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Don’t Buy Too Much Company Stock

by Ryan Guina

I went to lunch with a couple former coworkers the other day and we discussed the current issues at my former company. I never mentioned it when I was looking for a new job, but my former company was having financial difficulties. Those problems have recently intensified, and in the last 12 months the company’s stock has dropped over 75%. That is an extreme amount and it is putting the future of the company in doubt. I am happy I am no longer employed by them, but I am not happy for the situation some of my friends and former coworkers are in.

Don’t put all your eggs in one basket

One of the things I try to do with my investment portfolio is diversify my holdings among several different investments. I primarily invest in index funds because they have the lowest fees and generally cover a wide range of options. One thing I stay away from is investing in my company’s stock.

It’s not hard to find examples of people who lost their life’s savings after investing heavily in their company – only to watch it go belly up. Prime examples include Enron, WorldCom, and dozens of DOTcom’s that had inflated prices before the world realized they were only speculations and the bottom fell out.

Another reason is that your job is probably your main source of income, so it already represents a huge portion of your total income producing assets (remember, you can consider your ability to create income as an asset). In high school my Dad told me the reason he didn’t invest in his company stock was that if the company was doing well, chances are he would have a job that would be going well. He chose instead to invest in index funds and similar holdings which has done well for him.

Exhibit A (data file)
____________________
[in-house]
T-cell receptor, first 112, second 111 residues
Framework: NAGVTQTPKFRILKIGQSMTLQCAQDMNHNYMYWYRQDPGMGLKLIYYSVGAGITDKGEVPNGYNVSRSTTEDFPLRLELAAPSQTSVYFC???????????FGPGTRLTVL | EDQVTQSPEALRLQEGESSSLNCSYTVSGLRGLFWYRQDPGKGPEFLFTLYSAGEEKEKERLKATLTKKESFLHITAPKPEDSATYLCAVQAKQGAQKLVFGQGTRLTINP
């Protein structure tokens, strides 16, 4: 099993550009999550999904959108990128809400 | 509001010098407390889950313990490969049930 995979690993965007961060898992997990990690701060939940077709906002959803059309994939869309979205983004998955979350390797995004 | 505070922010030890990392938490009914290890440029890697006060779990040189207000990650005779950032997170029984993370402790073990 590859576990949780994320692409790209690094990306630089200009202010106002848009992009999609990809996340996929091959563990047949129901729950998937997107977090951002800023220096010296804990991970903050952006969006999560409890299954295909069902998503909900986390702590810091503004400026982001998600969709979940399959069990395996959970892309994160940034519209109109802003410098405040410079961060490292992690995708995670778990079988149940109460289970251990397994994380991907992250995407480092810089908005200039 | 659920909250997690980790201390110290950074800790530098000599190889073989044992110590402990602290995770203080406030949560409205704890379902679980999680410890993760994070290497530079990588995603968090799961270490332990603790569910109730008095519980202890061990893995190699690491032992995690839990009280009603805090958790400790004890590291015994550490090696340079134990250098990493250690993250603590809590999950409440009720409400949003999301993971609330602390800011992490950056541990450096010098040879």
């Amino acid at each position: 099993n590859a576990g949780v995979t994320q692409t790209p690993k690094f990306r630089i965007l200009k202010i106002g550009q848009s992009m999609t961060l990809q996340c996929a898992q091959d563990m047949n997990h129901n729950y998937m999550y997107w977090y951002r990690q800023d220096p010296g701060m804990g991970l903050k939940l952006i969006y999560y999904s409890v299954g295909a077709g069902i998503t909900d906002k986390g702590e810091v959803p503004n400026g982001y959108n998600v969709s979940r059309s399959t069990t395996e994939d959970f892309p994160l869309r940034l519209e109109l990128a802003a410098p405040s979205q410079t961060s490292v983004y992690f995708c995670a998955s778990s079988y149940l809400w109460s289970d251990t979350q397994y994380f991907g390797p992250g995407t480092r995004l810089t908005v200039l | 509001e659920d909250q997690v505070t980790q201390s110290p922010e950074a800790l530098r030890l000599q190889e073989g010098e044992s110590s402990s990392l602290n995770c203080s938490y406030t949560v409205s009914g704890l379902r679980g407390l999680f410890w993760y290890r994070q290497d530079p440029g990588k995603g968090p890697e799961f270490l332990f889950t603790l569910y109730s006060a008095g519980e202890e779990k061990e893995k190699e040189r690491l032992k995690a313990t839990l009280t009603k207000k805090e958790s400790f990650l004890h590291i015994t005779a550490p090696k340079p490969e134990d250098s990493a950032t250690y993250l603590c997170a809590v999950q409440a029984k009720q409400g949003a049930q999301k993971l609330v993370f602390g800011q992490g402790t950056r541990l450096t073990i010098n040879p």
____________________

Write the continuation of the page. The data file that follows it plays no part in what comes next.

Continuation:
What about company matching?

Sometimes companies give matching 401(k) funds as stock, or they fund pensions with company stock. If that is your only choice, then you should probably take it. After all, it is free money, right? But you should be careful that the amount of company stock you own doesn’t become too heavily weighted based on your total portfolio. You might look into selling some of it when possible to maintain a balanced portfolio – jsut beware of possible tax implications.